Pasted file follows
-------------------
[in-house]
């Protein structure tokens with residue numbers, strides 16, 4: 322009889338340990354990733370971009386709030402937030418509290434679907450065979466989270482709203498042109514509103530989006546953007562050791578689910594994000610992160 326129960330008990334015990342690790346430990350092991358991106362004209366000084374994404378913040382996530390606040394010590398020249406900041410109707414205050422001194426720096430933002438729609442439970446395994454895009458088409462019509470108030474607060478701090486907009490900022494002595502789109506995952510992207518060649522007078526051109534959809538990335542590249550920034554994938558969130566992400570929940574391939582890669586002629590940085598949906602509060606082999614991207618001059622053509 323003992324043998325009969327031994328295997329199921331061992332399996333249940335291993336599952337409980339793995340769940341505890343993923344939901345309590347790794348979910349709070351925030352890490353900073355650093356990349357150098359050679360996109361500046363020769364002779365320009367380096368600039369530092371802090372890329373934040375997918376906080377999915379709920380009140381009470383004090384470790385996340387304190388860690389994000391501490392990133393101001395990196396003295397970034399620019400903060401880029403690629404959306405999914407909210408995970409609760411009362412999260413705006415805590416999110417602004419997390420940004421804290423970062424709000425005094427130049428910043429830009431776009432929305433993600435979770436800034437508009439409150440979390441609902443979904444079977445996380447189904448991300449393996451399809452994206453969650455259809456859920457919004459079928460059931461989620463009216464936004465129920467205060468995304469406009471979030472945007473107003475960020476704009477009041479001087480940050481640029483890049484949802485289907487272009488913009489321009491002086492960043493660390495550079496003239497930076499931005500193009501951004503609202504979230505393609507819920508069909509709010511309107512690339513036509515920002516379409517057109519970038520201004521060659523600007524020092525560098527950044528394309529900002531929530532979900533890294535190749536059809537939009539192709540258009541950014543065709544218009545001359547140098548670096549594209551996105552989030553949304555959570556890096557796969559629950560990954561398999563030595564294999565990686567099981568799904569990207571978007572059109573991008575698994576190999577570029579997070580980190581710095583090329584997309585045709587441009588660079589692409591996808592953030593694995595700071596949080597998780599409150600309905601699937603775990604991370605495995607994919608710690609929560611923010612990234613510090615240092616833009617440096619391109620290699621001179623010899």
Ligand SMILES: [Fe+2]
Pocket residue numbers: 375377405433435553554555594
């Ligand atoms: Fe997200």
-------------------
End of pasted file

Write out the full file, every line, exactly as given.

[in-house]
């Protein structure tokens with residue numbers, strides 16, 4: 322009889338340990354990733370971009386709030402937030418509290434679907450065979466989270482709203498042109514509103530989006546953007562050791578689910594994000610992160 326129960330008990334015990342690790346430990350092991358991106362004209366000084374994404378913040382996530390606040394010590398020249406900041410109707414205050422001194426720096430933002438729609442439970446395994454895009458088409462019509470108030474607060478701090486907009490900022494002595502789109506995952510992207518060649522007078526051109534959809538990335542590249550920034554994938558969130566992400570929940574391939582890669586002629590940085598949906602509060606082999614991207618001059622053509 323003992324043998325009969327031994328295997329199921331061992332399996333249940335291993336599952337409980339793995340769940341505890343993923344939901345309590347790794348979910349709070351925030352890490353900073355650093356990349357150098359050679360996109361500046363020769364002779365320009367380096368600039369530092371802090372890329373934040375997918376906080377999915379709920380009140381009470383004090384470790385996340387304190388860690389994000391501490392990133393101001395990196396003295397970034399620019400903060401880029403690629404959306405999914407909210408995970409609760411009362412999260413705006415805590416999110417602004419997390420940004421804290423970062424709000425005094427130049428910043429830009431776009432929305433993600435979770436800034437508009439409150440979390441609902443979904444079977445996380447189904448991300449393996451399809452994206453969650455259809456859920457919004459079928460059931461989620463009216464936004465129920467205060468995304469406009471979030472945007473107003475960020476704009477009041479001087480940050481640029483890049484949802485289907487272009488913009489321009491002086492960043493660390495550079496003239497930076499931005500193009501951004503609202504979230505393609507819920508069909509709010511309107512690339513036509515920002516379409517057109519970038520201004521060659523600007524020092525560098527950044528394309529900002531929530532979900533890294535190749536059809537939009539192709540258009541950014543065709544218009545001359547140098548670096549594209551996105552989030553949304555959570556890096557796969559629950560990954561398999563030595564294999565990686567099981568799904569990207571978007572059109573991008575698994576190999577570029579997070580980190581710095583090329584997309585045709587441009588660079589692409591996808592953030593694995595700071596949080597998780599409150600309905601699937603775990604991370605495995607994919608710690609929560611923010612990234613510090615240092616833009617440096619391109620290699621001179623010899």
Ligand SMILES: [Fe+2]
Pocket residue numbers: 375377405433435553554555594
């Ligand atoms: Fe997200």